Tailoring emergent spin phenomena in Dirac material heterostructures.
ABSTRACT: Dirac materials such as graphene and topological insulators (TIs) are known to have unique electronic and spintronic properties. We combine graphene with TIs in van der Waals heterostructures to demonstrate the emergence of a strong proximity-induced spin-orbit coupling in graphene. By performing spin transport and precession measurements supported by ab initio simulations, we discover a strong tunability and suppression of the spin signal and spin lifetime due to the hybridization of graphene and TI electronic bands. The enhanced spin-orbit coupling strength is estimated to be nearly an order of magnitude higher than in pristine graphene. These findings in graphene-TI heterostructures could open interesting opportunities for exploring exotic physical phenomena and new device functionalities governed by topological proximity effects.
Project description:Unique electronic spin textures in topological states of matter are promising for emerging spin-orbit driven memory and logic technologies. However, there are several challenges related to the enhancement of their performance, electrical gate-tunability, interference from trivial bulk states, and heterostructure interfaces. We address these challenges by integrating two-dimensional graphene with a three-dimensional topological insulator (TI) in van der Waals heterostructures to take advantage of their remarkable spintronic properties and engineer proximity-induced spin-charge conversion phenomena. In these heterostructures, we experimentally demonstrate a gate-tunable spin-galvanic effect (SGE) at room temperature, allowing for efficient conversion of a non-equilibrium spin polarization into a transverse charge current. Systematic measurements of SGE in various device geometries via a spin switch, spin precession, and magnetization rotation experiments establish the robustness of spin-charge conversion in the Gr-TI heterostructures. Importantly, using a gate voltage, we reveal a strong electric field tunability of both amplitude and sign of the spin-galvanic signal. These findings provide an efficient route for realizing all-electrical and gate-tunable spin-orbit technology using TIs and graphene in heterostructures, which can enhance the performance and reduce power dissipation in spintronic circuits.
Project description:Graphene was the first material predicted to realize a topological insulator (TI), but unfortunately the gap is unobservably small due to carbon's weak spin-orbital coupling (SOC). Based on first-principles calculations, we propose a stable sp-sp(2) hybrid carbon network as a graphene analog whose electronic band structures in proximity of the Fermi level are characterized by Dirac cones. We demonstrate that this unique carbon framework has topologically nontrivial electronic structures with the Z2 topological invariant of v = 1 which is quite promising for hosting the quantum spin Hall effect (QSHE) in an experimentally accessible low temperature regime (<7 K). This provides a viable approach for searching for new TIs in 2D carbon allotropes.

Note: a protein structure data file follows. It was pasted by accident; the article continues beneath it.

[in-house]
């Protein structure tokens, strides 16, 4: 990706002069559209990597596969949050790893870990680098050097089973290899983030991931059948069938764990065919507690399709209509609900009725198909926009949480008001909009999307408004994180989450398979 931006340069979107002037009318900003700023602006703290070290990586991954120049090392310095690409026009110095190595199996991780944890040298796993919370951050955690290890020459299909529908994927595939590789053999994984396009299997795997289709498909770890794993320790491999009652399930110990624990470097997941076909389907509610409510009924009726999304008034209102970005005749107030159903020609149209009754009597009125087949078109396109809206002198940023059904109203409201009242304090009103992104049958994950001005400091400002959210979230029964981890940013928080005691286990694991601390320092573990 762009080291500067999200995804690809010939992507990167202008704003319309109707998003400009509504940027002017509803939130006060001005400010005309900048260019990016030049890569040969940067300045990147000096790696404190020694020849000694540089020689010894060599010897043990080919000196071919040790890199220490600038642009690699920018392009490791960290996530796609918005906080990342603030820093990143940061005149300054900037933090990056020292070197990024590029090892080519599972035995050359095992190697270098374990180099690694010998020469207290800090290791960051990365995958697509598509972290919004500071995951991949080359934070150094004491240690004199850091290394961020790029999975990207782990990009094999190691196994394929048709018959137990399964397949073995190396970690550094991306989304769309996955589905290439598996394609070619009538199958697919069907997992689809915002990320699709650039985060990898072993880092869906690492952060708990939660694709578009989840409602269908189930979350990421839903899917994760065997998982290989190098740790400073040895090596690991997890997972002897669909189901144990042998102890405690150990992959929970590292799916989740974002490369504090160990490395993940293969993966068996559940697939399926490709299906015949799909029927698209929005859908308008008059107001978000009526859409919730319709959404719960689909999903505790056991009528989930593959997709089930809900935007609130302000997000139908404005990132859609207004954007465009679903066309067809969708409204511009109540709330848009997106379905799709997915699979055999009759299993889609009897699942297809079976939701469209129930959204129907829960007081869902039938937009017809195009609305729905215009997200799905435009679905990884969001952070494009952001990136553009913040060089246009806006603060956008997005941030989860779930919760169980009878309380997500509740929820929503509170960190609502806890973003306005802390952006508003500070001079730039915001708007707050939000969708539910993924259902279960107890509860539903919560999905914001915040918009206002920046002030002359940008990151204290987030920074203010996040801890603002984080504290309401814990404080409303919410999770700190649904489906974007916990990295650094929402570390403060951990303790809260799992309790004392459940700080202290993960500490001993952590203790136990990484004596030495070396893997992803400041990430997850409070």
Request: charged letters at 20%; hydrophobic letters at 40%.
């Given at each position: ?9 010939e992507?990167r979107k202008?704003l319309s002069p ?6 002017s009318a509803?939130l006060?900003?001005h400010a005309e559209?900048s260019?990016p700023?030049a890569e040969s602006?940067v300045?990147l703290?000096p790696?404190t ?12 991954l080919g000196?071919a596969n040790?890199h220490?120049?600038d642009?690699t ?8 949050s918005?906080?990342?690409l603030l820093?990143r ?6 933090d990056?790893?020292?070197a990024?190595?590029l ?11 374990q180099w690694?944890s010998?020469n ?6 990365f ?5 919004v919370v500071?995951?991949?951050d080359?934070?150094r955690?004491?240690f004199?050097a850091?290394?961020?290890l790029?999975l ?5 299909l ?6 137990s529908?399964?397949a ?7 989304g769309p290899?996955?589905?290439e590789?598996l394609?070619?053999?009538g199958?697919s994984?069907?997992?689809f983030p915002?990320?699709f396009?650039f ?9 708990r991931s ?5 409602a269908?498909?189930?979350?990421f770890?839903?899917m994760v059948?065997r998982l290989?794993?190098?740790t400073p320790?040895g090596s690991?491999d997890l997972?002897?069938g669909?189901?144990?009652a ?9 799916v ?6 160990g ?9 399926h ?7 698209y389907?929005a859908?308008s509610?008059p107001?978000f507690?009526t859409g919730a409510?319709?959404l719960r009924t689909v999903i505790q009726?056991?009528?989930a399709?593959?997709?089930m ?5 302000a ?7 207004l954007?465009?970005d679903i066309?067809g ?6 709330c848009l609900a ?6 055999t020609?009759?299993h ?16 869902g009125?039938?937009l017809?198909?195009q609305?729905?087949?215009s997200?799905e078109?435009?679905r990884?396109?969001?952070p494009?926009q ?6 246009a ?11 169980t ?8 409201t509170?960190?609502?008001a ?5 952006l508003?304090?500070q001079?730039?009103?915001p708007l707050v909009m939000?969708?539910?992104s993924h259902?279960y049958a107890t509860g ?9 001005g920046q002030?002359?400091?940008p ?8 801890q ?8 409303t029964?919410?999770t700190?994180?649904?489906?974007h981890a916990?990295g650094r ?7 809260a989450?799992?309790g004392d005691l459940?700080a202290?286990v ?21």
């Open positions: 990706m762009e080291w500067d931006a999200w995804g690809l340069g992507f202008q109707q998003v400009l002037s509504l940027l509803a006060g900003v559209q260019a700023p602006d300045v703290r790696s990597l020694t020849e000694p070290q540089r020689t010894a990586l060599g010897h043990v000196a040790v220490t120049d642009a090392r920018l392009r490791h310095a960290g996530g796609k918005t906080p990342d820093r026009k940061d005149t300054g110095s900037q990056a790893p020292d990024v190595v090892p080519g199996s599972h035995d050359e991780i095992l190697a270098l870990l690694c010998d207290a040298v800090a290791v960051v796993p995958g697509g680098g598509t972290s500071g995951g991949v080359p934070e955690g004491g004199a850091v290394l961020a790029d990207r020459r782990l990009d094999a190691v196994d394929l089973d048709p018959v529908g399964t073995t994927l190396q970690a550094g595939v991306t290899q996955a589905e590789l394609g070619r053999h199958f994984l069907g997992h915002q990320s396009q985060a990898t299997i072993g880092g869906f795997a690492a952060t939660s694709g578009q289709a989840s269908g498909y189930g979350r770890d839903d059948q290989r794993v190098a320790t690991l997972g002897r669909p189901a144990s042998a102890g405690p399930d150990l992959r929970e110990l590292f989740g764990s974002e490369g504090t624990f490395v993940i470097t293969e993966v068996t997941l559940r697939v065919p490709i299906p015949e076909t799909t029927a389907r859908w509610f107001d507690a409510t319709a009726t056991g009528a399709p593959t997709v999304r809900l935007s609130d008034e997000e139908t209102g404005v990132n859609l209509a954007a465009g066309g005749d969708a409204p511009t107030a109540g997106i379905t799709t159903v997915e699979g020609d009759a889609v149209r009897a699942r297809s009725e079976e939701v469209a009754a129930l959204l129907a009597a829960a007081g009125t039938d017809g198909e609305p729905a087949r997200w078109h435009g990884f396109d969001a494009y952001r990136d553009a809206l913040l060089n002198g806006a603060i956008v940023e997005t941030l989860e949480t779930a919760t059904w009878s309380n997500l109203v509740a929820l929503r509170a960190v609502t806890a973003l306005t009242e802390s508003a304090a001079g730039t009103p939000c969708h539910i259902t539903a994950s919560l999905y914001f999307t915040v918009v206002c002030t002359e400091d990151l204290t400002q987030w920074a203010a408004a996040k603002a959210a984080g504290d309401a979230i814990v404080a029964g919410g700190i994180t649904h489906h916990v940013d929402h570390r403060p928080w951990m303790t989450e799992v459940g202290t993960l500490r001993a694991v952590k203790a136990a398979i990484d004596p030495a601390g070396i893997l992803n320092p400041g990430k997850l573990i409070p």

Project description:Topological insulators (TIs) are enticing prospects for the future of spintronics due to their large spin-orbit coupling and dissipationless, counter-propagating conduction channels in the surface state. However, a means to interact with and exploit the topological surface state remains elusive. Here, we report a study of spin pumping at the TI-ferromagnet interface, investigating spin transfer dynamics in a spin-valve like structure using element specific time-resolved x-ray magnetic circular dichroism, and ferromagnetic resonance. Gilbert damping increases approximately linearly with increasing TI thickness, indicating efficient behaviour as a spin sink. However, layer-resolved measurements suggest that a dynamic coupling is limited. These results shed new light on the spin dynamics of this novel material class, and suggest great potential for TIs in spintronic devices, through their novel magnetodynamics that persist even up to room temperature.
Project description:The concept of the topological insulator (TI) has introduced a new point of view to condensed-matter physics, relating a priori unrelated subfields such as quantum (spin, anomalous) Hall effects, spin-orbit coupled materials, some classes of nodal superconductors, superfluid 3He, etc. From a technological point of view, TIs are expected to serve as platforms for realizing dissipationless transport in a non-superconducting context. The TI exhibits a gapless surface state with a characteristic conic dispersion (a surface Dirac cone). Here, we review peculiar finite-size effects applicable to such surface states in TI nanostructures. We highlight the specific electronic properties of TI nanowires and nanoparticles, and in this context we contrast the cases of weak and strong TIs. We study the robustness of the surface and the bulk of TIs against disorder, addressing the physics of Dirac and Weyl semimetals as a new research perspective in the field.
Project description:Topological electronics is a new field that uses topological charges as current-carrying degrees of freedom. For topological electronics applications, systems should host topologically distinct phases to control the topological domain boundary through which the topological charges can flow. Due to their multiple Dirac cones and the ?-Berry phase of each Dirac cone, graphene-like electronic structures constitute an ideal platform for topological electronics; graphene can provide various topological phases when incorporated with large spin-orbit coupling and mass-gap tunability via symmetry-breaking. Here, we propose that a (111)-oriented BaBiO3 bilayer (BBL) sandwiched between large-gap perovskite oxides is a promising candidate for topological electronics by realizing a gap-tunable, and consequently a topology-tunable, graphene analogue. Depending on how neighboring perovskite spacers are chosen, the inversion symmetry of the BBL heterostructure can be either conserved or broken, leading to the quantum spin Hall (QSH) and quantum valley Hall (QVH) phases, respectively. BBL sandwiched by ferroelectric compounds enables switching of the QSH and QVH phases and generates the topological domain boundary. Given the abundant order parameters of the sandwiching oxides, the BBL can serve as versatile topological building blocks in oxide heterostructures.